We're coming to the end of the Sierra Leone outreach, and the hospital will be closing in 3 weeks. It's strange to think that we only have 3 weeks left of NG feeds, sterile dressing changes, chlorhexidine mouthwashes, cleft lip babies with their adorable little steri strip cat-whisker faces spitting medicine back out at us, singing with our patients, praying with them as we send them off to the operating room and celebrating with them when they come back transformed. As things wind down we're starting to tidy up the wards, scan all the charts into the computer system, and get ready to pack up the ship before the sail in December. It's bitter-sweet, but I'm glad I'll be here until the end. I think that packing up and scrubbing down the hospital my last week here will help me say goodbye to this place, bring a sense of closure to my time here. It was definitely a big transition to get settled in here on the ship when I came, and now I begin another transition as I prepare to come home.

Mama Isatu

Isatu is a patient everyone on D ward has come to love. Sadly, the surgery we did on her jaw was only palliative, as the tumor was cancerous and will likely return. Shortly after surgery Isatu's wound opened back up to form a fistula through her cheek into her mouth. This led to a prolonged hospital stay, scrupulous wound care twice a day, and three weeks of tube feedings instead of only one. Despite her situation, Isatu always had a bright smile on her face. I would often hurry through the ward, focused on some task or other, and hear her call out behind me, "Rooot!!" I'd turn around and she'd be waving excitedly, eyes twinkling. I'd go over to her bed, get a hand squeeze or hug, and remember again why I'm here. Last week her teenage son (or maybe grandson, I'm not sure) was here to visit her and she was very excited to introduce him to all the nurses.

"My pikin, my pikin," she said, pointing at the young man. ("Pikin" is the Krio word for baby, or small child). Isatu gestured to Hannah, another nurse, and told her "your brother."

"My brother?" Hannah asked, confused.

Isatu nodded. "He my pikin. You my pikin. Your brother." Then she pointed at me, "You all my pikins."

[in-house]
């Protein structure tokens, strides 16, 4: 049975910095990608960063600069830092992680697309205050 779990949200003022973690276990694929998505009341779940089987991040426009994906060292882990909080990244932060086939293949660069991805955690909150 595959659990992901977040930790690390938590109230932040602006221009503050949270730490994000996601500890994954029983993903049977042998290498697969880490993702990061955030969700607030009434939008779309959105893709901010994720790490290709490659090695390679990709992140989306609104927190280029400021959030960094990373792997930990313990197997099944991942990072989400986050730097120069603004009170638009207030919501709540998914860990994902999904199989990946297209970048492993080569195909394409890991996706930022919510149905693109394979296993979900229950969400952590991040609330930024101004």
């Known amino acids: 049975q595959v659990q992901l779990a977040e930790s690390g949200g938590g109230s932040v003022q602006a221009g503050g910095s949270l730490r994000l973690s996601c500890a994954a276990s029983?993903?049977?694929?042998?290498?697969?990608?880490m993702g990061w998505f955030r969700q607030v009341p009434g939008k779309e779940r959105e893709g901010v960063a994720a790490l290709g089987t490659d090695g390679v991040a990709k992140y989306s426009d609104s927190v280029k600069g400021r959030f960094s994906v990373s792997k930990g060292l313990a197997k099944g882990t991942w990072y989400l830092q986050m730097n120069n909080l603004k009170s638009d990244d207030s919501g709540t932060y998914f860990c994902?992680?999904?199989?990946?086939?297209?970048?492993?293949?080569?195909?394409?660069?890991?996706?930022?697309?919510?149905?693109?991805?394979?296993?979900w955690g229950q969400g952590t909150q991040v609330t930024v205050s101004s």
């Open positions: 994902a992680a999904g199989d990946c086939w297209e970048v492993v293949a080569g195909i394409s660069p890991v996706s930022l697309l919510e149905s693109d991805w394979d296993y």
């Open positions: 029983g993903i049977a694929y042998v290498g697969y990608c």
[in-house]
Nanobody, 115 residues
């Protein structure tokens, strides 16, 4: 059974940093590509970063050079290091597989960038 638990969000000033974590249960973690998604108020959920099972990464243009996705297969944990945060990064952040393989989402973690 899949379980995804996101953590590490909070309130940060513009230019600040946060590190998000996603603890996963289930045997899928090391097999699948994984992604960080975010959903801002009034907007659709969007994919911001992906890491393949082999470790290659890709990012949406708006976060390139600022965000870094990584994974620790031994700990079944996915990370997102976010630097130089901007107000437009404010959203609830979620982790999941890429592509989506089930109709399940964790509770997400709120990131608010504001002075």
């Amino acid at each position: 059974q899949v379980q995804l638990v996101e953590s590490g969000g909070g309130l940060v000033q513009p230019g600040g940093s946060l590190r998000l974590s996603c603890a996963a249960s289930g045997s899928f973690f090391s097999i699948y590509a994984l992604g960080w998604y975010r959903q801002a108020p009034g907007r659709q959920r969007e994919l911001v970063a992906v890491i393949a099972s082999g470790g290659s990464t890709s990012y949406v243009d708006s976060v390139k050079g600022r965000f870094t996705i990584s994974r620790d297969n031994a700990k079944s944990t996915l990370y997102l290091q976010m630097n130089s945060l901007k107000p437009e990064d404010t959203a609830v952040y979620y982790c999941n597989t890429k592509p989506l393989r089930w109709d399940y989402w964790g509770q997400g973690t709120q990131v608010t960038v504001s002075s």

Isatu now has the feeding tube out and is eating normal food, her wound is healing up nicely, and we were able to send her off to the Hope Center yesterday afternoon. I'll definitely be going to the Hope Center for a visit this week. :)

Saturday, October 22, 2011

What did you do this weekend?

Living on a hospital ship, in a city where we can't exactly hop in the car and drive to the mall or movie theater (even if we could, there's a curfew when everyone has to be back on the ship for the night), we find ways to make our own entertainment. Sometimes that entertainment involves taking a cup of tea outside and watching the dive team fish a wayward forklift out of the water down below. Sometimes a huge group gets together in the Starbucks cafe for "trivia night," and teams answer random trivia questions while drinking frappucinos and sharing snacks. Once we had a film festival, where everyone submitted homemade movies and we all dressed up to go watch them together. There are lots of card games, movie nights, and "tea at ten" parties. This Friday night, a group of 20+ ladies gathered in the Queen's Lounge, armed with pillows and chocolate, and spent 5 hours quoting along with and giggling at the antics of Mr. Darcy and Elizabeth Bennet. Saturday evening a few of us carried our plates of food up 3 flights of stairs and had a picnic on the top deck. We watched the sun set, then lay on our backs on a blanket and watched the stars come out. Today we're going to be very busy laying out by the pool and soaking up as much sun as possible before another busy week begins. :)